Sometimes a tooth has to be removed from the socket in the bone. It might have decay, gum disease or a fracture beyond what we can repair. Or we may need to remove it for space or prior to placing orthodontic braces. And some teeth are poorly positioned and need to be removed. A common example of this is the ‘third molar’ or wisdom tooth.
Here are other reasons:
- Some people have extra teeth that block other teeth from coming in.
- Sometimes baby teeth don’t fall out in time to allow the permanent teeth to come in.
- People getting braces may need teeth extracted to create room for the teeth that are being moved into place.
- People receiving radiation or cancer drugs may develop infected teeth due to a weakened immune system.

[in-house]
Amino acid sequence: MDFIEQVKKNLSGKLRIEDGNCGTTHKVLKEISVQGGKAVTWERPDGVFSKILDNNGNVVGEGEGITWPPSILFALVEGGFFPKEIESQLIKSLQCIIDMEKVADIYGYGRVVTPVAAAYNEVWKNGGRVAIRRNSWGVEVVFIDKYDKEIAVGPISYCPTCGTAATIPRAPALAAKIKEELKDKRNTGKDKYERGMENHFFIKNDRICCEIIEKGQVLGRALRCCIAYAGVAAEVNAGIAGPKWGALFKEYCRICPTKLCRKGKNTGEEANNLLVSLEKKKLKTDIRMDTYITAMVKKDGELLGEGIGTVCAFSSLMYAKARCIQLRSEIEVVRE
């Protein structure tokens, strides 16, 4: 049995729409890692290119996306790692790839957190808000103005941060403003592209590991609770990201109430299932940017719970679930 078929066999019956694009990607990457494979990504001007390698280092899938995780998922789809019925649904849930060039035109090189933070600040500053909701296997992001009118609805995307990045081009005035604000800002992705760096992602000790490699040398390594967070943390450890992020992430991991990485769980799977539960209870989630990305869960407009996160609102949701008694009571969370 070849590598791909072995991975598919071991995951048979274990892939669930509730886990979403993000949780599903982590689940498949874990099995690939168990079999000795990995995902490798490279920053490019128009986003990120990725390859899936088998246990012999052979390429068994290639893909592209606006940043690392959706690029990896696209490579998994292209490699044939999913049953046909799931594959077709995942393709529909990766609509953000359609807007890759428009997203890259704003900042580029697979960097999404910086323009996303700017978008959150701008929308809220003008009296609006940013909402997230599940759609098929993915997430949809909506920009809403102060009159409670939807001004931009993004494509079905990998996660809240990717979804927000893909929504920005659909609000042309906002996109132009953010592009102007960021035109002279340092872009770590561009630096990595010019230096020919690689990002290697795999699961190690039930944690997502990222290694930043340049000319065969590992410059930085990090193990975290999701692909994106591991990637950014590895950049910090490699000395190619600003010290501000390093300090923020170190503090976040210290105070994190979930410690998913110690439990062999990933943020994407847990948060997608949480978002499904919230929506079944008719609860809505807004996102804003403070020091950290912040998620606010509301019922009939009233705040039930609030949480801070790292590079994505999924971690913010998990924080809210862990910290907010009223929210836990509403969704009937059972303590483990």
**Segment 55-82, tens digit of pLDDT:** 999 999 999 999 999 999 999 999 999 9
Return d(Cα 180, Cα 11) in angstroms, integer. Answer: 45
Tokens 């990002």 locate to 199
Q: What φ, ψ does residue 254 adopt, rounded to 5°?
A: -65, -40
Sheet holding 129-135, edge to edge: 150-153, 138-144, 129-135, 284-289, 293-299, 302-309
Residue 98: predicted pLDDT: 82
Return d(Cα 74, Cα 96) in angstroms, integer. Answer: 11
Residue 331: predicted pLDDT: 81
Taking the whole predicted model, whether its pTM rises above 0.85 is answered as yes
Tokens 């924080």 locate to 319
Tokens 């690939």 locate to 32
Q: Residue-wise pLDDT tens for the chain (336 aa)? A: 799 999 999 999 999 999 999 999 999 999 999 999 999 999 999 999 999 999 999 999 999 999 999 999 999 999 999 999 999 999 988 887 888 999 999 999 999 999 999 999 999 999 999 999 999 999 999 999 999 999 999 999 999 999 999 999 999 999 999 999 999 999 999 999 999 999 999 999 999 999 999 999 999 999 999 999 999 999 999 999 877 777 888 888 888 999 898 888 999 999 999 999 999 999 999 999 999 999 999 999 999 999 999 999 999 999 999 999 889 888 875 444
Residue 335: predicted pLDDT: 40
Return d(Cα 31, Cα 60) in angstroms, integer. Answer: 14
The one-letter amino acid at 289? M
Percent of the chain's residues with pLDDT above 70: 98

- Wisdom teeth, also called third molars, are often extracted either before or after they come in. They commonly come in during the late teens or early 20s. They need to be removed if they are decayed, cause pain, have a cyst or infection or are headed in the direction of some misalignment issue. These teeth often get stuck in the jaw (impacted) and do not come in. This can irritate the gum, causing pain and swelling. In these cases, the tooth must be removed. If you need all four wisdom teeth removed, they are usually taken out at the same time.
How do I know if my tooth needs to be removed?
Your periodontist will make the recommendation for a tooth extraction based on your examination and radiographs.